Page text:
Sewell Family Businesses Reunite

For 63 years, the Sewell family’s two clothing companies competed with each other but come February, the Sewell Clothing Co. and Warren Sewell they will merge.

NEW YORK — For 63 years, the Sewell family’s two clothing companies competed with each other for space in specialty retailers and bragging rights at family gatherings, but come February, the Sewell Clothing Co. and Warren Sewell—which have operated for decades within 100 yards of each other in the small town of Bremen, Ga.—will merge.

The Sewell Clothing Co. was founded by Roy Sewell in 1918, but, in 1945, Roy’s brother Warren left to start his own company, Warren Sewell, setting up shop just across the railroad tracks and entering into what family members call long-term friendly competition with his brother. Both made better suits and sport coats for independent retailers, and family legend has it that, ever since, retailers have been hopelessly confused about exactly which Sewell sold what.

“I can’t blame the retailers,” said Robin Sewell Worley, grandson of Warren Sewell and soon-to-be CEO of the merged businesses, to be called The Sewell Cos. “Our family is so big we can barely keep each other straight at reunions.”

Under terms of the deal, Warren Sewell will acquire only the tailored clothing division of Sewell Clothing. The latter’s factory and military business—it makes officers’ uniforms for the U.S. armed forces—will continue under the ownership of Rick Loftin, who purchased Sewell Clothing from the founding family five years ago. Worley said The Sewell Cos.’ suits and sport coats will still be made at the Sewell factory under contract.

Financial terms were not released.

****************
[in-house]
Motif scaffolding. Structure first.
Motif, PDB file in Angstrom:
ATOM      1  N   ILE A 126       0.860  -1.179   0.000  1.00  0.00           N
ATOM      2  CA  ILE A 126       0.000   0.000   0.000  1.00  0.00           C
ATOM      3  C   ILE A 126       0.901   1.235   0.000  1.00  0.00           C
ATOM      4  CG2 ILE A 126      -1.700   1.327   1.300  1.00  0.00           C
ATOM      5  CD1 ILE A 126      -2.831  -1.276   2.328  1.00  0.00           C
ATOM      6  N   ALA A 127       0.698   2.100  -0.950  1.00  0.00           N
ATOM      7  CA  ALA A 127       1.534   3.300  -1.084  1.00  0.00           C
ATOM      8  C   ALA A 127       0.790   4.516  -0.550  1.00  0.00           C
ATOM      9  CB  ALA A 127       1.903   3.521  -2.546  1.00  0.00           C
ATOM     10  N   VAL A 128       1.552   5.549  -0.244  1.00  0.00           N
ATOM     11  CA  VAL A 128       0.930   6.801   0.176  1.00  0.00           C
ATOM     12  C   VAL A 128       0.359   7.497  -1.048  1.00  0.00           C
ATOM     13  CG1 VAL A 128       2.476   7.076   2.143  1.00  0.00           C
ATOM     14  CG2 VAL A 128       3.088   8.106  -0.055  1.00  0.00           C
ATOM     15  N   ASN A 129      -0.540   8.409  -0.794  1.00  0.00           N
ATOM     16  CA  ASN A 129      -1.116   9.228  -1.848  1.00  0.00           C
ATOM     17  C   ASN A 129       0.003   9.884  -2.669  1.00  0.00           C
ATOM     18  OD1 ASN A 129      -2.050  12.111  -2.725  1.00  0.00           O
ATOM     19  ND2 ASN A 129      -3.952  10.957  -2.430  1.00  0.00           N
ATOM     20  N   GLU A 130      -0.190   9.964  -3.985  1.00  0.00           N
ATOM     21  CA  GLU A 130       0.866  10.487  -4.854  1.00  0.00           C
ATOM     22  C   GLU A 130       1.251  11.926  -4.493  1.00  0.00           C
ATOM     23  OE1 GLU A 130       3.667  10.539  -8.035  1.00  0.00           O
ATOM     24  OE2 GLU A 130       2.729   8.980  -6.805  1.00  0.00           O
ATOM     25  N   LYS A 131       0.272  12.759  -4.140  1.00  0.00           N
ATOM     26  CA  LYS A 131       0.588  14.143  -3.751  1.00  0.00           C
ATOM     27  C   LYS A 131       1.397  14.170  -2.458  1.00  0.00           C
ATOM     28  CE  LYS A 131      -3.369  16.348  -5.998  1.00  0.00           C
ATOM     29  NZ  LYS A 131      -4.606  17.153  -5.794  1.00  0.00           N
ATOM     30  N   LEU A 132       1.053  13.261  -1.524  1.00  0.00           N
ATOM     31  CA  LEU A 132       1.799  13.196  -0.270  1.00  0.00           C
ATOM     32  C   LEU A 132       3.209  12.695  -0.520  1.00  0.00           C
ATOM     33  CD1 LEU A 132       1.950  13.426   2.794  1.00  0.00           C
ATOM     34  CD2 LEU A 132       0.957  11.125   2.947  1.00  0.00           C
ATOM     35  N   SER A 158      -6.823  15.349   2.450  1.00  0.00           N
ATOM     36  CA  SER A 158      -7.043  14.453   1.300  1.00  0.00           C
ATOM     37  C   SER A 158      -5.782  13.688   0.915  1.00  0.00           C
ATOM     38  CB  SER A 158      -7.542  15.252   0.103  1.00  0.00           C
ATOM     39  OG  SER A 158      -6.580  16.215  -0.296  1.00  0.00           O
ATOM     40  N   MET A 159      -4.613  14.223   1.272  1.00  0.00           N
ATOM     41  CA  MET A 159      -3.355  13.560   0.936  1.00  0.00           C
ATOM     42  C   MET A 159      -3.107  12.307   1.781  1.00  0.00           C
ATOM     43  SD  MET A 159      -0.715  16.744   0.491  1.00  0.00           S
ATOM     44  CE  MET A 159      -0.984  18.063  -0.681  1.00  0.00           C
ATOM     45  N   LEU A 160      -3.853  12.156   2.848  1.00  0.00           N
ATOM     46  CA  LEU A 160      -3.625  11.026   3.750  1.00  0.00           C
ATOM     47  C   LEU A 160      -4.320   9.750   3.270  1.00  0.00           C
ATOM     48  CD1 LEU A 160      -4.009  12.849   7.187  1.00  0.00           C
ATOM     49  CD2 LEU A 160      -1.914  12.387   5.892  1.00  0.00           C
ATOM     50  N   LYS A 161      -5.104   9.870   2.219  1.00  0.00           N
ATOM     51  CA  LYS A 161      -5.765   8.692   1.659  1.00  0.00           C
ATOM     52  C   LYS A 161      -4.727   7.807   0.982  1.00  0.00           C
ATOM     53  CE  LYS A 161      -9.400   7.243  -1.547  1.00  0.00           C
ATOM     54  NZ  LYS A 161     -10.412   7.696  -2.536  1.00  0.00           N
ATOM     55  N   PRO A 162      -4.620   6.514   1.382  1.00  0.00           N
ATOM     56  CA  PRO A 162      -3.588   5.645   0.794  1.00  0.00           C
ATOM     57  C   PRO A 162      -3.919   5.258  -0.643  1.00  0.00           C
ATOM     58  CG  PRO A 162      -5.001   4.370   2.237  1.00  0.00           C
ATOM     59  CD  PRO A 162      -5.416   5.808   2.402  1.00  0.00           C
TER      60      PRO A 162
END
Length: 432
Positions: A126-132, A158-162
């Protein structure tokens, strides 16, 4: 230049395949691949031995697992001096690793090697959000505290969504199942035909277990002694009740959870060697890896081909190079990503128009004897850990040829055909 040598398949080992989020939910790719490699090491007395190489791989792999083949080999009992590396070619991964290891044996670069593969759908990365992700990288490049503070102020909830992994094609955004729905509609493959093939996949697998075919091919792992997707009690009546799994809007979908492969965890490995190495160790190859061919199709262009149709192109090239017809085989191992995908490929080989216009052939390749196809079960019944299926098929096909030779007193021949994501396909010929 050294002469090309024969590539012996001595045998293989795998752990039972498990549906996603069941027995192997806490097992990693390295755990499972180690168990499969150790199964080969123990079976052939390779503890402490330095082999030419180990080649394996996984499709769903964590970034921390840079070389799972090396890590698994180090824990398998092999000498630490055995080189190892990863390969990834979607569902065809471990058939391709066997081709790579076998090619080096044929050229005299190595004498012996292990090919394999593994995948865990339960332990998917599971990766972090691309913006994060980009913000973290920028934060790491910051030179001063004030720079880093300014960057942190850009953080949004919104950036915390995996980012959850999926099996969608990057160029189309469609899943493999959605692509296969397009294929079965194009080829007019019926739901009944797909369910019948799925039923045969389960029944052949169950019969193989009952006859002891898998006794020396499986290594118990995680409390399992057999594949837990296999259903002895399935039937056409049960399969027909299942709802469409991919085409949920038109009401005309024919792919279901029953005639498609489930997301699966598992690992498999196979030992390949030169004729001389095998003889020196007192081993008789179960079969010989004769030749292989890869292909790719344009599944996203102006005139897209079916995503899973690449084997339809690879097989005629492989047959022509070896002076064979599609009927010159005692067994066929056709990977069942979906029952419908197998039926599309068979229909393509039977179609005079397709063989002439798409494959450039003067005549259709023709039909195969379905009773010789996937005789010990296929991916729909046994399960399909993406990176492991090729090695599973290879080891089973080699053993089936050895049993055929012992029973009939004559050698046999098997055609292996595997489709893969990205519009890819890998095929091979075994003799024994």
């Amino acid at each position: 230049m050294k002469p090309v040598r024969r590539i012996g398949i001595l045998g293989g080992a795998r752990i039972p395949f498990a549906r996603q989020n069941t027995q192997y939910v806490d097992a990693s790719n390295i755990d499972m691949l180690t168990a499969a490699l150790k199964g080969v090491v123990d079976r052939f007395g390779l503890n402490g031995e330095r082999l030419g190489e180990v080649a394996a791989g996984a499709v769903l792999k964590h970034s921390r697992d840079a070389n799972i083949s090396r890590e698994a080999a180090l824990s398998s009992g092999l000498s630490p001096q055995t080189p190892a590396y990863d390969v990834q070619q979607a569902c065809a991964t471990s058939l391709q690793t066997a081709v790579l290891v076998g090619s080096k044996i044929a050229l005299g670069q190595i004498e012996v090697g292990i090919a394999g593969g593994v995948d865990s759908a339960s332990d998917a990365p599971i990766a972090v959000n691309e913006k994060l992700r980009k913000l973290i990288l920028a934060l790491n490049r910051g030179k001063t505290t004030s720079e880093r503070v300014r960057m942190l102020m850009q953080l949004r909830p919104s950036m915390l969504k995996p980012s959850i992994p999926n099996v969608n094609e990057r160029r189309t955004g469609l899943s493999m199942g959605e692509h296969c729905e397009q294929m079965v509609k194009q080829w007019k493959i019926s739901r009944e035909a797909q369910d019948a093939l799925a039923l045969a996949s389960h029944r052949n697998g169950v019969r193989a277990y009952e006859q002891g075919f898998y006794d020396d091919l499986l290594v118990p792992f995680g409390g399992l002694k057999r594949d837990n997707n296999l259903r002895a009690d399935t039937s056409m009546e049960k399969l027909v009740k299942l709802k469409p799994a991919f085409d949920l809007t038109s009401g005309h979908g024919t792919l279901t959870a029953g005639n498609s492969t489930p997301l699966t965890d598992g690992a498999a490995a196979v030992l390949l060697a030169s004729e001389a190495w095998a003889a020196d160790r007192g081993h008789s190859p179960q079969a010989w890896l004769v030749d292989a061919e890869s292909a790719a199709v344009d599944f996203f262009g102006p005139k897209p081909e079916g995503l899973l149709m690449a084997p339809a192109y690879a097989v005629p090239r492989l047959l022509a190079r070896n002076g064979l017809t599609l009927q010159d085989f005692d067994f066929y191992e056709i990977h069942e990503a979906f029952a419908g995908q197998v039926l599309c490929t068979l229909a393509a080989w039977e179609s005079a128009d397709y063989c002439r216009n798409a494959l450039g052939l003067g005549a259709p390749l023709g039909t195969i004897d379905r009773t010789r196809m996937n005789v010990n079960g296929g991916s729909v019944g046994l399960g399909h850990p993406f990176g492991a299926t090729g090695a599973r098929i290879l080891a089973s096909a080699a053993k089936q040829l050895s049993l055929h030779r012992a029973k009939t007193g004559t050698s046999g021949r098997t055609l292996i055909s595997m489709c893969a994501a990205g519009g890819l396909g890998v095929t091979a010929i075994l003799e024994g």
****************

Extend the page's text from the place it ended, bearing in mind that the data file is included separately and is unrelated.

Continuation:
Sentiment aside, Worley, the last Sewell in the family business, said the realities of the apparel industry are motivating the acquisition. “In my granddaddy’s day there was enough business for everyone—even two businesses down the street from each other.” At one point, Roy Sewell’s factory employed 1,500 workers, but today, retail consolidation and price pressure from foreign manufacturers have put the squeeze on the traditional men’s stores and the vendors that sell them. “Either you get smaller and go out of business or match up strengths and survive,” he said.

Worley said Sewell Clothing and Warren Sewell’s brands are complementary. Sewell, which markets the Christian Brooks and South Hampton brands, is made in America and retails between $300 and $500 per suit. Warren Sewell, which owns the Zino, Lacrosse and Cotton Brothers brands, is made overseas and sells between $250 and $400 per suit. “When we looked at the accounts, we were surprised to see how little overlap there was.” The companies sell upward of 1,000 doors between them.

According to Worley, the Warren Sewell staff will cross the railroad tracks and move into the building that houses the Sewell Cos. in January, though they will operate on different floors. “Bringing it under the family name is a romantic notion,” Worley said, “but it’s really about the business. You should see the overhead we removed.”